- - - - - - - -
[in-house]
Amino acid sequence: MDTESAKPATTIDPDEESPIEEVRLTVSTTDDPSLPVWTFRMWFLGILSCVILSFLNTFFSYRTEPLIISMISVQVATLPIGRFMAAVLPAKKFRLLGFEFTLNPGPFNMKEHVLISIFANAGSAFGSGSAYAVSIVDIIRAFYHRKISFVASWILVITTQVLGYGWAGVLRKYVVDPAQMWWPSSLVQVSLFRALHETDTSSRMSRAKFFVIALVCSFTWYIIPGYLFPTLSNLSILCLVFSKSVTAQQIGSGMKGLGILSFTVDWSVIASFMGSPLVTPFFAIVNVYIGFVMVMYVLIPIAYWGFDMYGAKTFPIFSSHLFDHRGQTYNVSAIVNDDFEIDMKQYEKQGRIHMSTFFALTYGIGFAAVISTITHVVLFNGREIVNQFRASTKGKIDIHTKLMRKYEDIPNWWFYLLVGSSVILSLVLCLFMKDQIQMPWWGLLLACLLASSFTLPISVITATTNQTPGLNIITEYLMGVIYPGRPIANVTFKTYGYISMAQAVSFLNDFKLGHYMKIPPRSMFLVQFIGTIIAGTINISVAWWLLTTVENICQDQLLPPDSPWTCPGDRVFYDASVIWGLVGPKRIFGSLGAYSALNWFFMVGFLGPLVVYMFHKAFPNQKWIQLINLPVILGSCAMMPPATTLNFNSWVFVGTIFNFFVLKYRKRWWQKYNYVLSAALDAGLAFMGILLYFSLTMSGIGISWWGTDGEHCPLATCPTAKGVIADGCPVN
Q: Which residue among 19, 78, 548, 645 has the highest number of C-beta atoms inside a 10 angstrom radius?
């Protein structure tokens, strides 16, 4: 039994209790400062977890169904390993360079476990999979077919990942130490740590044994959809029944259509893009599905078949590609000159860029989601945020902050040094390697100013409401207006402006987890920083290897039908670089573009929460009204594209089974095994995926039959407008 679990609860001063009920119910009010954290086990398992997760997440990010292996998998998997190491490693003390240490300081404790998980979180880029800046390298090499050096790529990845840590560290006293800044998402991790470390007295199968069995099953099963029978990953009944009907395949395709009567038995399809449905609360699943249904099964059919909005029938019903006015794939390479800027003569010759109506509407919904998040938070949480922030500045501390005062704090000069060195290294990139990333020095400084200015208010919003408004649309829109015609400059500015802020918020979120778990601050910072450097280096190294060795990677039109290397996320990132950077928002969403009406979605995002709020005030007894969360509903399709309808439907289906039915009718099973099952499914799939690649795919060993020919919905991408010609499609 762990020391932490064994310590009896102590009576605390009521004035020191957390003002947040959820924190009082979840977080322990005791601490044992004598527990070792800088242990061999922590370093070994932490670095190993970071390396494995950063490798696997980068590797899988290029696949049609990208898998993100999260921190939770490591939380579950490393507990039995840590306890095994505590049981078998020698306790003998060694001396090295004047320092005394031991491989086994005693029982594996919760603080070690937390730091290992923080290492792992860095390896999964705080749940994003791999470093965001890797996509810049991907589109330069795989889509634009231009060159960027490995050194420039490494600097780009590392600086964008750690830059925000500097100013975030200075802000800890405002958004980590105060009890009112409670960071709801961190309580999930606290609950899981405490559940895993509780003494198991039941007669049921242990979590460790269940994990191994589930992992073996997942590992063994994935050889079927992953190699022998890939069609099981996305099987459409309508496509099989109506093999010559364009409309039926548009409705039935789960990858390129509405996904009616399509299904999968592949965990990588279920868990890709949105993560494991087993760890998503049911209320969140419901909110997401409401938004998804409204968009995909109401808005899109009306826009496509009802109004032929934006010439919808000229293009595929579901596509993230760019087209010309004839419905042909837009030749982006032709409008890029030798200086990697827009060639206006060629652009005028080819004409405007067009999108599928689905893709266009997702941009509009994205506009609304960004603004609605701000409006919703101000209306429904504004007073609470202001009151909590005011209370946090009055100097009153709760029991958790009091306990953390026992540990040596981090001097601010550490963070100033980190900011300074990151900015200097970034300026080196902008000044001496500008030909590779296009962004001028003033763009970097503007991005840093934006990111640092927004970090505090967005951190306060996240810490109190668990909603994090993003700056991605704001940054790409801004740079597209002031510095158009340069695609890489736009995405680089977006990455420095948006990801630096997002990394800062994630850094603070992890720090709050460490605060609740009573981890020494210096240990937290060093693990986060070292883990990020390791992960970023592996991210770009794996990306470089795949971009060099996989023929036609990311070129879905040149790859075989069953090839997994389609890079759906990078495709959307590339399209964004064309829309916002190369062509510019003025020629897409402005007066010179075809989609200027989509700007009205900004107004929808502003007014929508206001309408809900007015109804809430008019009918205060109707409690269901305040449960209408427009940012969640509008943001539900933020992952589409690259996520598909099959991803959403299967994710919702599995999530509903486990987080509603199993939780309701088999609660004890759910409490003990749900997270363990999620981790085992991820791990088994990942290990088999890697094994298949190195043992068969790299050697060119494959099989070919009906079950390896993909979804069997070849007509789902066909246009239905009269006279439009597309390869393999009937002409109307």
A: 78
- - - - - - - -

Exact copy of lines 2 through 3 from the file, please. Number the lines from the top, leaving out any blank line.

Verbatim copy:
Amino acid sequence: MDTESAKPATTIDPDEESPIEEVRLTVSTTDDPSLPVWTFRMWFLGILSCVILSFLNTFFSYRTEPLIISMISVQVATLPIGRFMAAVLPAKKFRLLGFEFTLNPGPFNMKEHVLISIFANAGSAFGSGSAYAVSIVDIIRAFYHRKISFVASWILVITTQVLGYGWAGVLRKYVVDPAQMWWPSSLVQVSLFRALHETDTSSRMSRAKFFVIALVCSFTWYIIPGYLFPTLSNLSILCLVFSKSVTAQQIGSGMKGLGILSFTVDWSVIASFMGSPLVTPFFAIVNVYIGFVMVMYVLIPIAYWGFDMYGAKTFPIFSSHLFDHRGQTYNVSAIVNDDFEIDMKQYEKQGRIHMSTFFALTYGIGFAAVISTITHVVLFNGREIVNQFRASTKGKIDIHTKLMRKYEDIPNWWFYLLVGSSVILSLVLCLFMKDQIQMPWWGLLLACLLASSFTLPISVITATTNQTPGLNIITEYLMGVIYPGRPIANVTFKTYGYISMAQAVSFLNDFKLGHYMKIPPRSMFLVQFIGTIIAGTINISVAWWLLTTVENICQDQLLPPDSPWTCPGDRVFYDASVIWGLVGPKRIFGSLGAYSALNWFFMVGFLGPLVVYMFHKAFPNQKWIQLINLPVILGSCAMMPPATTLNFNSWVFVGTIFNFFVLKYRKRWWQKYNYVLSAALDAGLAFMGILLYFSLTMSGIGISWWGTDGEHCPLATCPTAKGVIADGCPVN
Q: Which residue among 19, 78, 548, 645 has the highest number of C-beta atoms inside a 10 angstrom radius?